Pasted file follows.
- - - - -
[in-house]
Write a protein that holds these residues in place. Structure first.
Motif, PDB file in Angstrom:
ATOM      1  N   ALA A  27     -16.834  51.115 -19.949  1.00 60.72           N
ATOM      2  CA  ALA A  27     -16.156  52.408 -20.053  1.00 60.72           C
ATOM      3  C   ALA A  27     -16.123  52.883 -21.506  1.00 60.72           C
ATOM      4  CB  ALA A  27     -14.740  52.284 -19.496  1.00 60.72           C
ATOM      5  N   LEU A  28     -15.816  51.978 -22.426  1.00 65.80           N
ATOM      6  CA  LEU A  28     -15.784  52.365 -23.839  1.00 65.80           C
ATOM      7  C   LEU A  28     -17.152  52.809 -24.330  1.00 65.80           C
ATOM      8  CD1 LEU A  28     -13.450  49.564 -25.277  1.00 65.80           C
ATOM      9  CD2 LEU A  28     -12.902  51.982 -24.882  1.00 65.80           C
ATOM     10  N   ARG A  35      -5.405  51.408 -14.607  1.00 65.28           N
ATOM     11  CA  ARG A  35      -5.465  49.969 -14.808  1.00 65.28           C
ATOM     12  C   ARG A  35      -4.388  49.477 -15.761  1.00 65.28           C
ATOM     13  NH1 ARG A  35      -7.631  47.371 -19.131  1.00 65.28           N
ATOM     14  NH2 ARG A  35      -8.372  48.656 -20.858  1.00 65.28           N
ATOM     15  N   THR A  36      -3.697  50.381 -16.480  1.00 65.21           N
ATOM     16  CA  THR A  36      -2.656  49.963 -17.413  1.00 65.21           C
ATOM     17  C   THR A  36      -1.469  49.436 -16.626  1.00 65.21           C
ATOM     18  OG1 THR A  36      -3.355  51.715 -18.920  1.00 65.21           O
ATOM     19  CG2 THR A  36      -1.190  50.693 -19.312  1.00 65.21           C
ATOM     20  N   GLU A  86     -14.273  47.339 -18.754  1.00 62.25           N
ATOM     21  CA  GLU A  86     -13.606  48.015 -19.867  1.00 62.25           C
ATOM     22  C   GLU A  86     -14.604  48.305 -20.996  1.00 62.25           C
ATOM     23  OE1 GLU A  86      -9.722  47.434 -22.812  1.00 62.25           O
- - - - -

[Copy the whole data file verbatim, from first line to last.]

[in-house]
Write a protein that holds these residues in place. Structure first.
Motif, PDB file in Angstrom:
ATOM      1  N   ALA A  27     -16.834  51.115 -19.949  1.00 60.72           N
ATOM      2  CA  ALA A  27     -16.156  52.408 -20.053  1.00 60.72           C
ATOM      3  C   ALA A  27     -16.123  52.883 -21.506  1.00 60.72           C
ATOM      4  CB  ALA A  27     -14.740  52.284 -19.496  1.00 60.72           C
ATOM      5  N   LEU A  28     -15.816  51.978 -22.426  1.00 65.80           N
ATOM      6  CA  LEU A  28     -15.784  52.365 -23.839  1.00 65.80           C
ATOM      7  C   LEU A  28     -17.152  52.809 -24.330  1.00 65.80           C
ATOM      8  CD1 LEU A  28     -13.450  49.564 -25.277  1.00 65.80           C
ATOM      9  CD2 LEU A  28     -12.902  51.982 -24.882  1.00 65.80           C
ATOM     10  N   ARG A  35      -5.405  51.408 -14.607  1.00 65.28           N
ATOM     11  CA  ARG A  35      -5.465  49.969 -14.808  1.00 65.28           C
ATOM     12  C   ARG A  35      -4.388  49.477 -15.761  1.00 65.28           C
ATOM     13  NH1 ARG A  35      -7.631  47.371 -19.131  1.00 65.28           N
ATOM     14  NH2 ARG A  35      -8.372  48.656 -20.858  1.00 65.28           N
ATOM     15  N   THR A  36      -3.697  50.381 -16.480  1.00 65.21           N
ATOM     16  CA  THR A  36      -2.656  49.963 -17.413  1.00 65.21           C
ATOM     17  C   THR A  36      -1.469  49.436 -16.626  1.00 65.21           C
ATOM     18  OG1 THR A  36      -3.355  51.715 -18.920  1.00 65.21           O
ATOM     19  CG2 THR A  36      -1.190  50.693 -19.312  1.00 65.21           C
ATOM     20  N   GLU A  86     -14.273  47.339 -18.754  1.00 62.25           N
ATOM     21  CA  GLU A  86     -13.606  48.015 -19.867  1.00 62.25           C
ATOM     22  C   GLU A  86     -14.604  48.305 -20.996  1.00 62.25           C
ATOM     23  OE1 GLU A  86      -9.722  47.434 -22.812  1.00 62.25           O